The bill still contains provisions allowing various ministers to make interim orders. There are two relatively minor changes that were made; orders must be tabled in Parliament within 15 days and the duration of the order has decreased from 45 to 14 days, that is, the length of time it is in effect without cabinet approval.
There was no prior check on charter compliance or compliance with the enabling legislation carried out by the Clerk of the Privy Council. I have a diagram with me that illustrates how the provisions on interim orders have evolved from Bill C-42 to Bill C-55 and Bill C-17.
Starting with the compliance check, the answer was no for all three bills.
As for the interim orders, under Bill C-42, these expired after 90 days except with approval of the governor in council; with Bill C-55, the time limit was 45 days except with approval of the governor in council. Now, with Bill C-17, it is 14 days, except with approval of the governor in council.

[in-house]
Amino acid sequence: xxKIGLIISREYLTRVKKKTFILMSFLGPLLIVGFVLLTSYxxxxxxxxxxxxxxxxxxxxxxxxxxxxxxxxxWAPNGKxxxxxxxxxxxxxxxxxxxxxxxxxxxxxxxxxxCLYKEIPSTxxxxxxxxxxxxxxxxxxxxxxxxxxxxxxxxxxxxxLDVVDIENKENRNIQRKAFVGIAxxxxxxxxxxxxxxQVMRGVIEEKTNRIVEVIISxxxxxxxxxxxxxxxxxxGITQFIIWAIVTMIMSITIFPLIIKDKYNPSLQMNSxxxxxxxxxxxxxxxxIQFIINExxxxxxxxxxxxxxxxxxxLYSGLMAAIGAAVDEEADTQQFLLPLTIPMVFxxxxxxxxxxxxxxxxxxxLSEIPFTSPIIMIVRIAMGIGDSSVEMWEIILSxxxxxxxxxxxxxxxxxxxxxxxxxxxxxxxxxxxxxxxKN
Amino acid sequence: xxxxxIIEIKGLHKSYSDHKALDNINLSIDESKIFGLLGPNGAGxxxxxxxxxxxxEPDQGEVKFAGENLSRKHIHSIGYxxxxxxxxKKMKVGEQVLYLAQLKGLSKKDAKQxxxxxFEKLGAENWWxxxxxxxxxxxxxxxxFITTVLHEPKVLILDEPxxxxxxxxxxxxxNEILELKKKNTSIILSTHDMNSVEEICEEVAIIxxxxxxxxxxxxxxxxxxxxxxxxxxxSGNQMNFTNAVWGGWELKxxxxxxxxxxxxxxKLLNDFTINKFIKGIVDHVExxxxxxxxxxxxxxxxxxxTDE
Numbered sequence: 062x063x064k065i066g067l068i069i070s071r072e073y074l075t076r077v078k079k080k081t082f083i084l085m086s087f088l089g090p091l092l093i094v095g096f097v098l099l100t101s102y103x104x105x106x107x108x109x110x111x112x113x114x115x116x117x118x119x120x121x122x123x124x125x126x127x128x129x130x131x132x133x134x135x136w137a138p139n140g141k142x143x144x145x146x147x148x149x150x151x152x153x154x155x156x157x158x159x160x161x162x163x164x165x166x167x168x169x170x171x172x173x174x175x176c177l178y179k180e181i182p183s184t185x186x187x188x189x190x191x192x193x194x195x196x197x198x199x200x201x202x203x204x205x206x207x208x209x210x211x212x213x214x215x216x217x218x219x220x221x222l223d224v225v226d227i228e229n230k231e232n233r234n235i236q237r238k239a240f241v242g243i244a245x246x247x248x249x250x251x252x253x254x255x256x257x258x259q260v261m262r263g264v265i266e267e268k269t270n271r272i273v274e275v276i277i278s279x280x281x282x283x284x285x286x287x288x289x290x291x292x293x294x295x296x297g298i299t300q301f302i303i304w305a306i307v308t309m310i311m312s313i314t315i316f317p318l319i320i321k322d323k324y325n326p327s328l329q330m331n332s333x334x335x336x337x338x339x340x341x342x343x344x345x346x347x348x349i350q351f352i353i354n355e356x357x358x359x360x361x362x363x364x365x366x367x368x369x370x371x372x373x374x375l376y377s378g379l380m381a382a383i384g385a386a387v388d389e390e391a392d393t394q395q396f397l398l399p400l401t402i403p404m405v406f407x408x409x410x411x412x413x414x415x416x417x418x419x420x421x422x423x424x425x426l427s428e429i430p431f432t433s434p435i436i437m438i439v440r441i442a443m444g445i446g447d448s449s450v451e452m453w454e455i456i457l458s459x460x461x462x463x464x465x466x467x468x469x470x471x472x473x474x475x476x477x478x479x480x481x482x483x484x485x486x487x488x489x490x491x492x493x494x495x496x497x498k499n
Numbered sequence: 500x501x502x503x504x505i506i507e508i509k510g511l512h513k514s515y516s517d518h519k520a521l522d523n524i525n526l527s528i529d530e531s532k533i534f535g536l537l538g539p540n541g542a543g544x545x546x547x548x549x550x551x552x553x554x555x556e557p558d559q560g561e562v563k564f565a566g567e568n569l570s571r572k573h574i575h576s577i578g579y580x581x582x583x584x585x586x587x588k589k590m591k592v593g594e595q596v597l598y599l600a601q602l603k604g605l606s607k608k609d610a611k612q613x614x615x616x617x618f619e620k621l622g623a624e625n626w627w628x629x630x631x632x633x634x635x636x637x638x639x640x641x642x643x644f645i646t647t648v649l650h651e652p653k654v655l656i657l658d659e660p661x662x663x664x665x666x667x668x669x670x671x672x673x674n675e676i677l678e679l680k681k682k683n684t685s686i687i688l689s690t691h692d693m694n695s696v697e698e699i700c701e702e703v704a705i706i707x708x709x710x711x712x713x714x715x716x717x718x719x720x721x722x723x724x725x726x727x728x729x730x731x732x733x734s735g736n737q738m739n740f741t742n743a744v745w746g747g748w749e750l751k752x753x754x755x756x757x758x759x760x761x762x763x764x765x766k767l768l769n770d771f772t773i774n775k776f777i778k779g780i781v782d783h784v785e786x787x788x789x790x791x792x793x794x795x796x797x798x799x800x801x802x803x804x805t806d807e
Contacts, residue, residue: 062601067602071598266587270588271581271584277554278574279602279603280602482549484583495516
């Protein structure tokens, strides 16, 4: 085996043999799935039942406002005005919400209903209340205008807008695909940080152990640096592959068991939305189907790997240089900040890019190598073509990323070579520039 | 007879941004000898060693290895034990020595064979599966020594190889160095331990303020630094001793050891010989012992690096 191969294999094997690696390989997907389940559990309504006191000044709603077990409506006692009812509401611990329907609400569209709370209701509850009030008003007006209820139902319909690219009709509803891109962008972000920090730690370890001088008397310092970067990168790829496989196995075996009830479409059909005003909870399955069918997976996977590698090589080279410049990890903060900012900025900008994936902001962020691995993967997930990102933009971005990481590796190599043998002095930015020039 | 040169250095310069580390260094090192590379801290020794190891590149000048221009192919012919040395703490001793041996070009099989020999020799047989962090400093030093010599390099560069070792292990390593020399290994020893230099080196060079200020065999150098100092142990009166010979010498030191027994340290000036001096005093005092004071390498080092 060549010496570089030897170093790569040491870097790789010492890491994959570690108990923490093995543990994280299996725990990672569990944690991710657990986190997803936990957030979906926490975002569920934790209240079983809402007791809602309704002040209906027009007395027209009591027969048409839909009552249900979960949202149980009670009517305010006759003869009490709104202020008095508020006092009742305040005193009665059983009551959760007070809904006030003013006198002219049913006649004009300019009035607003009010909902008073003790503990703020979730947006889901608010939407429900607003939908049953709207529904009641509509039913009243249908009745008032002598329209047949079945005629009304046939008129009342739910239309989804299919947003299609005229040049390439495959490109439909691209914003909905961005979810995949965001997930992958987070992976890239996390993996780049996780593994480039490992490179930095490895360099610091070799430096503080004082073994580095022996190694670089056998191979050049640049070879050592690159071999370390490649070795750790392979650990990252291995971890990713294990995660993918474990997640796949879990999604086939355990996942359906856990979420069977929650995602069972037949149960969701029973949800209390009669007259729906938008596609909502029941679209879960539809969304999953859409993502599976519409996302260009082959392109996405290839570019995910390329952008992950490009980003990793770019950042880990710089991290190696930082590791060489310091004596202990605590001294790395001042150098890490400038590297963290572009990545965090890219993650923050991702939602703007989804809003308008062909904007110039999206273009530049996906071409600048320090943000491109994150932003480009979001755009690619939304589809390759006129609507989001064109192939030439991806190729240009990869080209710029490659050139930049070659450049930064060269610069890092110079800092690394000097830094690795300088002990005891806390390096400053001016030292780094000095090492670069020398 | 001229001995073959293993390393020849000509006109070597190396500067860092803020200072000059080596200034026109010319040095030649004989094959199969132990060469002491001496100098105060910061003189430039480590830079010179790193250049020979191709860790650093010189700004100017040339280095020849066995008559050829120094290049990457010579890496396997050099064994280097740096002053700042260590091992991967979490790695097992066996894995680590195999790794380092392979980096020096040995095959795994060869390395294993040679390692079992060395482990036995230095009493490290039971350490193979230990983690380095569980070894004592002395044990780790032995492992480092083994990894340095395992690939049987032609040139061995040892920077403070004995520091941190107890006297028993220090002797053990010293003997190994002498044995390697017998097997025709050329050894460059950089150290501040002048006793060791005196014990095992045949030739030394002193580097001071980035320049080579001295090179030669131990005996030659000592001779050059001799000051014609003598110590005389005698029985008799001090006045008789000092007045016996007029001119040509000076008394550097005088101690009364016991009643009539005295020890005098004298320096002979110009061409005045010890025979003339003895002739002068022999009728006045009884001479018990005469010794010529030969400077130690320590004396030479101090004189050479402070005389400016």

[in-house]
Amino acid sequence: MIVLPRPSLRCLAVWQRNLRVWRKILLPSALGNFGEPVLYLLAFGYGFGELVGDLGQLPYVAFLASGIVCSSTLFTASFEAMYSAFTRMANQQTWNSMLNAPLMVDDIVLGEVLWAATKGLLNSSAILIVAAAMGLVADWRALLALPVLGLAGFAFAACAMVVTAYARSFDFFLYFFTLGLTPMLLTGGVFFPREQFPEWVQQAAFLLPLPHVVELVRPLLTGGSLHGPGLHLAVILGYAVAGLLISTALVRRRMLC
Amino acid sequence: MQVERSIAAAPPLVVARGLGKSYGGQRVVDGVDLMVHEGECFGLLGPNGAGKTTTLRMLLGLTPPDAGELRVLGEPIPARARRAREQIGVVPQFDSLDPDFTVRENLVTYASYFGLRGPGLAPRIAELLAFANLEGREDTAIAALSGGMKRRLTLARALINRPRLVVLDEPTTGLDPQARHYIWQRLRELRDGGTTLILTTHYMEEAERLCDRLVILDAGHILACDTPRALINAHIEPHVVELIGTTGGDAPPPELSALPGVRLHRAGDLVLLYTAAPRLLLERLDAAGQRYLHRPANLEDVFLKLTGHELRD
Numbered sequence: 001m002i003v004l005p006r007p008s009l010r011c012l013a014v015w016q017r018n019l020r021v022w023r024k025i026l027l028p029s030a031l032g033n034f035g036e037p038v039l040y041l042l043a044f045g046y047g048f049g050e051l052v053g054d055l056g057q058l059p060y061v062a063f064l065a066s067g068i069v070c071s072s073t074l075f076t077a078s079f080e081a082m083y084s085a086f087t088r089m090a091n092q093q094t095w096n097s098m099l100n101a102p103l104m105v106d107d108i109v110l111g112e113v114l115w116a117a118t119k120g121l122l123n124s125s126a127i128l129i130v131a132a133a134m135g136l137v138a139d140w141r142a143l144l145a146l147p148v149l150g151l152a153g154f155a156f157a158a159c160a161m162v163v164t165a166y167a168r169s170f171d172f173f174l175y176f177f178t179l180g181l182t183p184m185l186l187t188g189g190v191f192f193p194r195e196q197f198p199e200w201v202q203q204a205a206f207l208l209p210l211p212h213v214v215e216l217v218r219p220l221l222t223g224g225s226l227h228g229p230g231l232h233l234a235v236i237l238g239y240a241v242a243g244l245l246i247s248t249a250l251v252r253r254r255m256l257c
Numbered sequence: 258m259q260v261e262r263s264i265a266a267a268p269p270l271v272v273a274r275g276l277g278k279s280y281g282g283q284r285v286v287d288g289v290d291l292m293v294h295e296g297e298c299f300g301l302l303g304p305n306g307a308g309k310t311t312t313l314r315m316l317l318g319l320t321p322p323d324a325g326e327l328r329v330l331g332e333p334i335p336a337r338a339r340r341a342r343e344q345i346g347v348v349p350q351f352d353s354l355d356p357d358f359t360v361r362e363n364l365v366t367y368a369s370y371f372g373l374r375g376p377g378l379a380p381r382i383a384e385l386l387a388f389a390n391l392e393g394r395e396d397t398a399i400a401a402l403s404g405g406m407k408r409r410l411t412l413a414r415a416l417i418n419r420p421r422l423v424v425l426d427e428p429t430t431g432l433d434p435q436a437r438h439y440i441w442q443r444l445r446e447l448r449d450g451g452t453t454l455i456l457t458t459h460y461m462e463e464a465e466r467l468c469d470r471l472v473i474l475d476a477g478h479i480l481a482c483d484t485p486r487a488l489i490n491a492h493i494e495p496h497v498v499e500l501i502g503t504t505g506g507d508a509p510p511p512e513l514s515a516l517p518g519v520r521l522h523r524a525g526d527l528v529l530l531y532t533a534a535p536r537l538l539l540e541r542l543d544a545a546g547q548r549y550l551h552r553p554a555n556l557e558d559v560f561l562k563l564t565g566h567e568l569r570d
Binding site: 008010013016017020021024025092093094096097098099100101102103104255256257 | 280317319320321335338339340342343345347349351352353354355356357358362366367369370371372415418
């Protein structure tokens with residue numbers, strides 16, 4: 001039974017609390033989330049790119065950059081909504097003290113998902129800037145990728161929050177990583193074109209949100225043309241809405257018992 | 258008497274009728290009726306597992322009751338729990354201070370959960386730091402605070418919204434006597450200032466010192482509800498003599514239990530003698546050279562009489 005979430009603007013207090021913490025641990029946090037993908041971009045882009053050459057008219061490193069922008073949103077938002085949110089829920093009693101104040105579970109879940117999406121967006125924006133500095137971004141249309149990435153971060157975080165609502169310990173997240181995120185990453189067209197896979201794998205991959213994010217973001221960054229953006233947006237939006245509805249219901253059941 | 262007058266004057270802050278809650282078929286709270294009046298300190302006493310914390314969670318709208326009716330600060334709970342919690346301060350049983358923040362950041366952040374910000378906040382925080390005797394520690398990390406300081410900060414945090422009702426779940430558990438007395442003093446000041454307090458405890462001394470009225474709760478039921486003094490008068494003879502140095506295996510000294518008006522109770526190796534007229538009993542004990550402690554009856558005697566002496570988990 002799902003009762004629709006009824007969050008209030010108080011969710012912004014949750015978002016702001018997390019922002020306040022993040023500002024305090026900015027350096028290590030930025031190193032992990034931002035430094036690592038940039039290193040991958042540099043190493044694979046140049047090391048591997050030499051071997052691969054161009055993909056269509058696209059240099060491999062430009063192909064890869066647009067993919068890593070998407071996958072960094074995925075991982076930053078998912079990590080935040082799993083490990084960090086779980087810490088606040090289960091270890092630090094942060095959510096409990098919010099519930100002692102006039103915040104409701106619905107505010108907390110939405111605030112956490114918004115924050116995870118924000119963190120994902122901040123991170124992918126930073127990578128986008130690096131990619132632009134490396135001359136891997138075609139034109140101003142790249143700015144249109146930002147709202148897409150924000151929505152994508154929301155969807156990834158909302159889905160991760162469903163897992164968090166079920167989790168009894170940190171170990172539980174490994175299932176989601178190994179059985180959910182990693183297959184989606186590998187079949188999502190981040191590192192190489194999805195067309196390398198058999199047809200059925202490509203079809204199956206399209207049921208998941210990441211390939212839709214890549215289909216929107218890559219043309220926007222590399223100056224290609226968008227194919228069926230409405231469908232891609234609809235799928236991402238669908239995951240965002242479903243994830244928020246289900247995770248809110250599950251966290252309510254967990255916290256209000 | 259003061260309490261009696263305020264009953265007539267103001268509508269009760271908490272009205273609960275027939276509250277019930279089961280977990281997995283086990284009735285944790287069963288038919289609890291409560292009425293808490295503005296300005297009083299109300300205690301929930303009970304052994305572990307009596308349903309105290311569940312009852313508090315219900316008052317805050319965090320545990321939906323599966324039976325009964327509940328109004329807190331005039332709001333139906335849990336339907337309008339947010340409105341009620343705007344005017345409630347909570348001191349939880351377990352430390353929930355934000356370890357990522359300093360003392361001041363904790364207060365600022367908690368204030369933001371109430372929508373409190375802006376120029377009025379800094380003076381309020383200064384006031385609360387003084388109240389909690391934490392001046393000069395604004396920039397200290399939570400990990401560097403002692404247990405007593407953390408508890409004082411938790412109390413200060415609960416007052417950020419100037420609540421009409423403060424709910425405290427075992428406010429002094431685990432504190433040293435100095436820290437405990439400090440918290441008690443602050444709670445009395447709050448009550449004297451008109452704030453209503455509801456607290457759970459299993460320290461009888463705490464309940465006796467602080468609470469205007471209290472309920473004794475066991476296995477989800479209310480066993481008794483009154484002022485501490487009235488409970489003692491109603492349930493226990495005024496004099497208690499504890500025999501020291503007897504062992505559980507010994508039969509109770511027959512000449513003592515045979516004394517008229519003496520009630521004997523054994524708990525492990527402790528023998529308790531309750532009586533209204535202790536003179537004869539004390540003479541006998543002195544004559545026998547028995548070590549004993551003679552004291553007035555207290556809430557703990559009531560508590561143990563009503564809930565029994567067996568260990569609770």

As far as tabling the orders in Parliament is concerned, there was no provision for this in Bill C-42, while in Bill C-55 the tabling had to take place within 15 sitting days after it was issued. In Bill C-17, it is 15 days.
Obviously, we can see that there have been marked improvements between the first version, Bill C-42 and the present one, Bill C-17. The main problem is still with us, however: the lack of a prior check for compliance with the charter and enabling legislation.
As for information sharing, Bill C-17 allows two stakeholders to obtain passenger information directly from airlines or operators of reservation systems: the Commissioner of the RCMP and the Director of CSIS.
This information can be requested if there is an imminent threat to airline security. Only CSIS can also request information for investigations into threats against the security of Canada. Bill C-55 would also have allowed this, in order to “identify a person for whom a warrant ofarrest has been issued”.
As a rule, information provided to the RCMP or CSIS must be destroyedwithin seven days after it is provided orobtained, unless it is reasonably required forthe purposes of transportation security or theinvestigation of threats to the security ofCanada.